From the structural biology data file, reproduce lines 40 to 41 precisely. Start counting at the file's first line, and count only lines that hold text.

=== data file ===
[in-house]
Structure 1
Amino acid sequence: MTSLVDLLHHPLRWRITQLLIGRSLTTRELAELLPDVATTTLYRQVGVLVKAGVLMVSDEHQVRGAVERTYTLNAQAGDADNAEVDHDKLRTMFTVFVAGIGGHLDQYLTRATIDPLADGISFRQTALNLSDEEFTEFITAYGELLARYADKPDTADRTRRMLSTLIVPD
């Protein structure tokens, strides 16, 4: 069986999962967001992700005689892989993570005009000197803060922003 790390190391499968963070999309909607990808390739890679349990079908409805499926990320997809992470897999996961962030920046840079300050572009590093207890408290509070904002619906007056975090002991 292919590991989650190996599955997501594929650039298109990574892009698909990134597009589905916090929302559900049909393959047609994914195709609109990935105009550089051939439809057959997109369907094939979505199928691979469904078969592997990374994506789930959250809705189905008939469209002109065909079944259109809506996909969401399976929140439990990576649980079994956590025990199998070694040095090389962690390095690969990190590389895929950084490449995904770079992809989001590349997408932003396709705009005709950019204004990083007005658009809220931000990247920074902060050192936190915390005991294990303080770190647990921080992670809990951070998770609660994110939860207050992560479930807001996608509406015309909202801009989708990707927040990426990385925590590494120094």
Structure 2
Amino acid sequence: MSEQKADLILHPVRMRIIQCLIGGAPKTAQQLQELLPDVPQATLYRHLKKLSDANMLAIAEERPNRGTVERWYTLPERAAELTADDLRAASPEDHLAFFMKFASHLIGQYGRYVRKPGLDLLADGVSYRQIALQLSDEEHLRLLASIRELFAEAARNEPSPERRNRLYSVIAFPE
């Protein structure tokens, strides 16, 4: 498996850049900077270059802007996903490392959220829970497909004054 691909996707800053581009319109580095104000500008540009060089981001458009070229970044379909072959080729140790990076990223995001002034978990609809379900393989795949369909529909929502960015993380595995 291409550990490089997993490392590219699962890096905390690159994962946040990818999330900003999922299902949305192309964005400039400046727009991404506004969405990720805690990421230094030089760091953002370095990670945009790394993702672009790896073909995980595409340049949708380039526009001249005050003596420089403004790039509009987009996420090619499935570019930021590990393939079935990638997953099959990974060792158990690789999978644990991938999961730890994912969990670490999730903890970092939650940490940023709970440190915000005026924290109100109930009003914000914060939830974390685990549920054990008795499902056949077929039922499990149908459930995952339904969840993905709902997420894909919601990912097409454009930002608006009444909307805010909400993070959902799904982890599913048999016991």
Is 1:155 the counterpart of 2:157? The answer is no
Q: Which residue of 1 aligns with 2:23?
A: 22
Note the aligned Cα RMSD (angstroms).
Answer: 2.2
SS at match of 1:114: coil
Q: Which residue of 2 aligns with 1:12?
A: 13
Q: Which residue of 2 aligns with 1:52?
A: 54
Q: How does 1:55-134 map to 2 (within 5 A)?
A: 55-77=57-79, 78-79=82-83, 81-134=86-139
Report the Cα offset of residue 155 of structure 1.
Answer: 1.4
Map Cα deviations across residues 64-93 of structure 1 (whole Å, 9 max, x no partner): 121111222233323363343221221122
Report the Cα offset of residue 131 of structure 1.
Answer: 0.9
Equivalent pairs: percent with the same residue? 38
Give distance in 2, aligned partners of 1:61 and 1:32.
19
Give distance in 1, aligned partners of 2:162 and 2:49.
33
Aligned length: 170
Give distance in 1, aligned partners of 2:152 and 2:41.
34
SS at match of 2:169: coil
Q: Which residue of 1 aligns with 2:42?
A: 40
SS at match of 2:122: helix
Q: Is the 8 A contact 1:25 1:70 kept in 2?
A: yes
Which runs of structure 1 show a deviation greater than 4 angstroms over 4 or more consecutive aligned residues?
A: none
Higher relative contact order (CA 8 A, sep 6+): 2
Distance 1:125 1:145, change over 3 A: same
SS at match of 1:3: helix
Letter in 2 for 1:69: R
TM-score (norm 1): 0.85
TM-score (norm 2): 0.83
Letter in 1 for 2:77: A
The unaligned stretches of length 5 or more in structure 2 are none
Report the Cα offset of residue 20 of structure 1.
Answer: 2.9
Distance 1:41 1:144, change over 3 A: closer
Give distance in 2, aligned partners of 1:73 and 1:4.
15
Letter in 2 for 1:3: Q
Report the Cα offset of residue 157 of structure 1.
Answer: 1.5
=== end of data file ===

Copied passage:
A: none
Higher relative contact order (CA 8 A, sep 6+): 2